“I have a bad dream almost every night,” she says. “I pray to Jesus, then he wipes away all bad things in my dream and I can sleep. I can witness [to] people about the amazing thing God has been doing in my life.

“When I was in the center, I made a pledge with God. [I said] Lord, if you are really doing something in my life, assure me that I will [be reunited with] … my mother one day. Now, you can see how God responds to my pledge. It’s truly amazing.”

Learn more


>> Learn more about child trafficking and how U.S. legislation can help curb this practice.

Three things you can do

>> Pray for protection and healing for those who have been exploited through trafficking. Pray for those working to assist children and other vulnerable individuals who have been trafficked. Pray for an end to this horrific practice.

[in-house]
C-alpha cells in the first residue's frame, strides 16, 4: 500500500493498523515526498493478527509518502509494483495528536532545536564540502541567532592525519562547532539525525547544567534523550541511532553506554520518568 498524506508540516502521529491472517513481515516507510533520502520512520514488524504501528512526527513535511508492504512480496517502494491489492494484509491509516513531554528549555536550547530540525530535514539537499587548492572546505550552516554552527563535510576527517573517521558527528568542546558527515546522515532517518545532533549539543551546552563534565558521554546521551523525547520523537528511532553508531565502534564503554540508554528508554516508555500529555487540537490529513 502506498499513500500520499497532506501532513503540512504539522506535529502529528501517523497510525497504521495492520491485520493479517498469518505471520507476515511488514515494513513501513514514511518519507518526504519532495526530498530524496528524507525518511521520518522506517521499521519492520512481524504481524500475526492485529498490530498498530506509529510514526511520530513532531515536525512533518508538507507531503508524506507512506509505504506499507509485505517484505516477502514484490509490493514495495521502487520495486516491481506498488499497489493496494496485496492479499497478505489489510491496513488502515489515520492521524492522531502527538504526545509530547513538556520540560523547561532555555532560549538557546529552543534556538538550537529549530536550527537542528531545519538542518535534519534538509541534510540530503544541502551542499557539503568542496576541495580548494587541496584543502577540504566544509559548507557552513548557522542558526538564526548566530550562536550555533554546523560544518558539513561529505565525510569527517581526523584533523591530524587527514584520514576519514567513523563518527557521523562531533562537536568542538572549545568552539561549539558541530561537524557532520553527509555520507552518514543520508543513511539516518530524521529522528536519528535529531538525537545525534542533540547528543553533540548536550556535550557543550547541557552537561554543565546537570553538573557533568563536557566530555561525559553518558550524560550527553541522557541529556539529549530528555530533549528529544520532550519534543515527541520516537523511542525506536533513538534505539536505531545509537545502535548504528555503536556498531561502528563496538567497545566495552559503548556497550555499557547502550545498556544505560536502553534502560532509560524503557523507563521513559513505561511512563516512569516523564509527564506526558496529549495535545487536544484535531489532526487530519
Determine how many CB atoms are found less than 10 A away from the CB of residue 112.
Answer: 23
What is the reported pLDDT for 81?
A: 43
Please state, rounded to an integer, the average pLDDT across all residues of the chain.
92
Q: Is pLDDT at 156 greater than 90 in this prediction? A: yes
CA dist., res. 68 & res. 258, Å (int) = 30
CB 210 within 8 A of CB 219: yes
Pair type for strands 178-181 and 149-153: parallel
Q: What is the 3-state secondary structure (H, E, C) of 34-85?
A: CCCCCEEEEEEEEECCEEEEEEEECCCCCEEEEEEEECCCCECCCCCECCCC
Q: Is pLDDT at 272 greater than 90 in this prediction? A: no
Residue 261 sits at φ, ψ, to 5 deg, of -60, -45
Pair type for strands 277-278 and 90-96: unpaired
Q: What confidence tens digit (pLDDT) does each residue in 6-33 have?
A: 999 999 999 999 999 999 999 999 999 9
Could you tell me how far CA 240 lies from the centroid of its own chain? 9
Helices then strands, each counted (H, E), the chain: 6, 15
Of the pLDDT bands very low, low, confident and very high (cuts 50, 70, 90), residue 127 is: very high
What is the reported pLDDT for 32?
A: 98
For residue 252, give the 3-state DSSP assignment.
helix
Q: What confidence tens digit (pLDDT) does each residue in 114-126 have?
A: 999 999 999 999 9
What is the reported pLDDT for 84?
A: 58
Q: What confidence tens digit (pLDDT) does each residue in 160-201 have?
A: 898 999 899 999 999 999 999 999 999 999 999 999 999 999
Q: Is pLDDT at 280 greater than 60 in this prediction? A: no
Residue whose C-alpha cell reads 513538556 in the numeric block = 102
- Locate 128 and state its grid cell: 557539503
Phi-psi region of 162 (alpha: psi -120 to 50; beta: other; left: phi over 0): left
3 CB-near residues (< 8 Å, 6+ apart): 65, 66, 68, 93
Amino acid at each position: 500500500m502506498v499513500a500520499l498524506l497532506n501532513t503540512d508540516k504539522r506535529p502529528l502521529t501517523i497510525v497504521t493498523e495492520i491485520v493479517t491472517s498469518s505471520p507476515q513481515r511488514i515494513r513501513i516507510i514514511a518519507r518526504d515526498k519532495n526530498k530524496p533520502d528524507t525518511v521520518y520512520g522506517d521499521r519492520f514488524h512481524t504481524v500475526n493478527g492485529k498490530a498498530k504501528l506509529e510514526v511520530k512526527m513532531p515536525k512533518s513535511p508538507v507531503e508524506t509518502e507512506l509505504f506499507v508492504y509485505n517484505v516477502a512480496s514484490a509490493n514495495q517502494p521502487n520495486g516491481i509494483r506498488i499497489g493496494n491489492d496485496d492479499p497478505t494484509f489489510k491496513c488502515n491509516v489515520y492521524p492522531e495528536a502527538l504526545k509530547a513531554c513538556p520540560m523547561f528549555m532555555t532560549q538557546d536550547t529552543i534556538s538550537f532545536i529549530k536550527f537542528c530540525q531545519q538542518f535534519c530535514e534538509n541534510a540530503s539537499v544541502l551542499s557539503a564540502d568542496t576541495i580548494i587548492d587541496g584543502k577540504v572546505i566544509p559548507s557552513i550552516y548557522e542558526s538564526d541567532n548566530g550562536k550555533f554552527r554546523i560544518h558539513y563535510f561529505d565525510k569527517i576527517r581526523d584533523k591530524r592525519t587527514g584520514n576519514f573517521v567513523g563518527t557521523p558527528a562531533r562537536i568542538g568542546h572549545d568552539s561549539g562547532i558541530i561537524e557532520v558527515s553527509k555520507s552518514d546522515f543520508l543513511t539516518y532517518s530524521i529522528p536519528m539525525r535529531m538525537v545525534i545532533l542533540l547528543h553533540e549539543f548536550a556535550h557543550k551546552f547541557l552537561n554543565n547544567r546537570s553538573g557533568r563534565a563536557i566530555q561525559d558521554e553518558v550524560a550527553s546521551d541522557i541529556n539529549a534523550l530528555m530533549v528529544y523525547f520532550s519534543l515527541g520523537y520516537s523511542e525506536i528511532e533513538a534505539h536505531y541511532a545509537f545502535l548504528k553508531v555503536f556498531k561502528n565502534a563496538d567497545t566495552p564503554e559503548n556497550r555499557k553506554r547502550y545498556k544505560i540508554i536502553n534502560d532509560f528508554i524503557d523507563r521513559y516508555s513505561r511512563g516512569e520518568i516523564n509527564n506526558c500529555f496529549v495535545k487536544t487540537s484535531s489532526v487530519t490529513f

>> Call your senators to voice your support for the Child Protection Compact Act (S.3184), a bill to provide support to countries that are serious about fighting child trafficking within their own borders.
>> Donate now to help provide hope for sexually exploited girls like Ka. Your gift will offer assistance like medical care, safe shelter, nutritious food, education, trauma recovery counseling, and more.

Forward to a friend

Learn more

Learn more about child trafficking and how U.S. legislation can help curb this practice.

Three things you can do

Pray for protection and healing for those who have been exploited through trafficking. Pray for those working to assist children and other vulnerable individuals who have been trafficked. Pray for an end to this horrific practice.
- -

Call your senators to voice your support for the Child Protection Compact Act (S.3184), a bill to provide support to countries that are serious about fighting child trafficking within their own borders.
- -
Donate now to help provide hope for sexually exploited girls like Ka. Your gift will offer assistance like medical care, safe shelter, nutritious food, education, trauma recovery counseling, and more.